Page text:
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Malcolm Wicks MP, Minister of State for Energy
DTI Conference Centre, London, 01 March 2007
I am pleased to welcome you today on behalf of my colleagues in the Patent Office, the Department of Health and the DTI’s BioScience Unit. I would particularly like to thank representatives from the UK Genetic Testing Network for rearranging their schedule to attend this symposium.
At the DTI, we are committed to helping UK businesses respond to the challenge of globalisation. Healthcare is obviously and undoubtedly one of Britain’s leading industries. DTI research shows that the UK’s R and D activity in the pharmaceuticals sector is significantly higher than that of other EU nations and Japan. Obviously this is good news for the UK and this is encouraging, but we need to continuously increase our competitive edge. We are still behind America in our performance on innovation.
Intellectual Property provides the framework to capture the commercial value of knowledge in the innovation chain. The recent Gowers review on Intellectual Property in the UK makes it clear that in our knowledge-based economy, IP rights are more important than ever before. Intellectual property rights are not static - they are the currency of innovation. IP rights can be used dynamically - and they should incentivise innovators.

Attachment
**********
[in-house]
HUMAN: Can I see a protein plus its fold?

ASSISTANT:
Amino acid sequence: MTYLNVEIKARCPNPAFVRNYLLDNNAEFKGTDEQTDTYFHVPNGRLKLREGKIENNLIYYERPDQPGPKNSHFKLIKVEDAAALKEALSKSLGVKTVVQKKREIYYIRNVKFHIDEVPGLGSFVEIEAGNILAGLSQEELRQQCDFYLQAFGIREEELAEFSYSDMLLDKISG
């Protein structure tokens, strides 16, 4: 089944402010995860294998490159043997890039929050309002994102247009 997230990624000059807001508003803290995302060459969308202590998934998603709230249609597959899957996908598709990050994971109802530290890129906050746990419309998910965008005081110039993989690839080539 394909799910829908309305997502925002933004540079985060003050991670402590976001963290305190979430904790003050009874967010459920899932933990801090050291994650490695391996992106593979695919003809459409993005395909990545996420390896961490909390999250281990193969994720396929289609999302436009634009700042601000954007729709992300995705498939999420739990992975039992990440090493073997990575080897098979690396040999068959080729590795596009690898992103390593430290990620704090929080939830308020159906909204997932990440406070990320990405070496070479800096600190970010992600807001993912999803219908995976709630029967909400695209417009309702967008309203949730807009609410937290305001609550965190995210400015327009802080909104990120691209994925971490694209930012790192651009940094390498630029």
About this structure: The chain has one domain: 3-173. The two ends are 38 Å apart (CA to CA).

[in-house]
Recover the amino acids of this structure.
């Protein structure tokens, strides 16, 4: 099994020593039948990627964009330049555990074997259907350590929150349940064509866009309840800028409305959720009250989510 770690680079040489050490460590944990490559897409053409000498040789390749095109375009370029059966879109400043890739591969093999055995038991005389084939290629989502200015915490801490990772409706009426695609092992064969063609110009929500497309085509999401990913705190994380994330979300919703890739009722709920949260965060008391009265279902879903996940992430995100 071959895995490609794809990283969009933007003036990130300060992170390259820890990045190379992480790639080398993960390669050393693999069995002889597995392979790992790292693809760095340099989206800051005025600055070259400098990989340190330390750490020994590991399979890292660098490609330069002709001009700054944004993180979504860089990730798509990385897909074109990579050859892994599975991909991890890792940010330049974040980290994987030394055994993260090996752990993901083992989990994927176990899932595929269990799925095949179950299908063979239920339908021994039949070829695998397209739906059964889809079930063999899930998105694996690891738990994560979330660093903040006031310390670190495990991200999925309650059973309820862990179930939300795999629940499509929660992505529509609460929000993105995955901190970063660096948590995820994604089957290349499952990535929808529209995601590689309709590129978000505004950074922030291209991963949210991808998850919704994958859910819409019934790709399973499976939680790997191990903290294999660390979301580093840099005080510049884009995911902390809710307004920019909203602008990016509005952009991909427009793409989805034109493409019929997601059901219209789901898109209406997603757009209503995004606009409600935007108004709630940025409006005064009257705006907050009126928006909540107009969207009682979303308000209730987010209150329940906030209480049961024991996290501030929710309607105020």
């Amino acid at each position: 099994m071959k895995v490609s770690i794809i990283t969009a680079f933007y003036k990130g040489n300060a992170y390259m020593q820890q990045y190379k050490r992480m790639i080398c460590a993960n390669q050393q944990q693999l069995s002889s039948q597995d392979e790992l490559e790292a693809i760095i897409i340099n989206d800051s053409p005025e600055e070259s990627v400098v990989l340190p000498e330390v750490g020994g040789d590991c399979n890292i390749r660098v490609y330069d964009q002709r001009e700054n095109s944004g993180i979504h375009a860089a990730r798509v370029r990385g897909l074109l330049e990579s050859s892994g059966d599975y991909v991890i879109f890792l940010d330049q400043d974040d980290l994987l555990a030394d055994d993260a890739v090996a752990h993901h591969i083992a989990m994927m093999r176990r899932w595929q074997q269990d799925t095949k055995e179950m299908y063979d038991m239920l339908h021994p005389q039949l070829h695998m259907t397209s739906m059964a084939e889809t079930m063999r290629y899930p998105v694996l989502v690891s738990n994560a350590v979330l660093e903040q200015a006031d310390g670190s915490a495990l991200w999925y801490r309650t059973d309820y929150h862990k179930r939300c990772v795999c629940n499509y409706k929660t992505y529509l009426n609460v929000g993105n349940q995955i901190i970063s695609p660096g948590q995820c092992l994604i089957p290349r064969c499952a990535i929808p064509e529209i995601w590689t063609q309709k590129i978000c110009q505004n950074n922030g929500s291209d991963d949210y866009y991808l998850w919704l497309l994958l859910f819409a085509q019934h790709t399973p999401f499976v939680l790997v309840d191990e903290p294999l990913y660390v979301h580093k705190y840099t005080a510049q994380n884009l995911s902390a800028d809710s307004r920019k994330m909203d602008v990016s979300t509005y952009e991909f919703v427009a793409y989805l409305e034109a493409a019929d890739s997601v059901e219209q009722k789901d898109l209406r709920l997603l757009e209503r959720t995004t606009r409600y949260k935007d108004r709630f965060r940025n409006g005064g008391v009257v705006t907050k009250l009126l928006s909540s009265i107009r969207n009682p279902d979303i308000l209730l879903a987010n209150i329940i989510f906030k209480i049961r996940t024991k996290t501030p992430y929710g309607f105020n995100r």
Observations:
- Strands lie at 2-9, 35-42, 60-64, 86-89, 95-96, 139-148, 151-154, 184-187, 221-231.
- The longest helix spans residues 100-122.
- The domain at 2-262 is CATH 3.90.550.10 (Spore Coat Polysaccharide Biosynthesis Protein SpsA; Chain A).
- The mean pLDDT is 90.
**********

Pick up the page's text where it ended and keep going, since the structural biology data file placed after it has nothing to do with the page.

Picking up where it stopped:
In this vein, the Patent Office is working with Richard Lambert at the CBI to develop IP templates for collaborations and licensing. These model IP agreements and licenses will be designed to make IP transactions more straightforward but also quicker - to enable faster deployment of technology. Similarly, the Department of Health has contributed to the production of guidelines by the OECD on the licensing of genetic inventions.
The National Health Service recognises that intellectual property has a role to play in its primary objective of delivering high quality patient care. The NHS National Innovation Centre was launched towards the end of last year to accelerate the uptake of medical technological innovation into the NHS and to support the management of IP coming out of the NHS. Its website offers innovators guidance on all the stages of product development. It is a pleasure to see many people here today from the NHS hubs.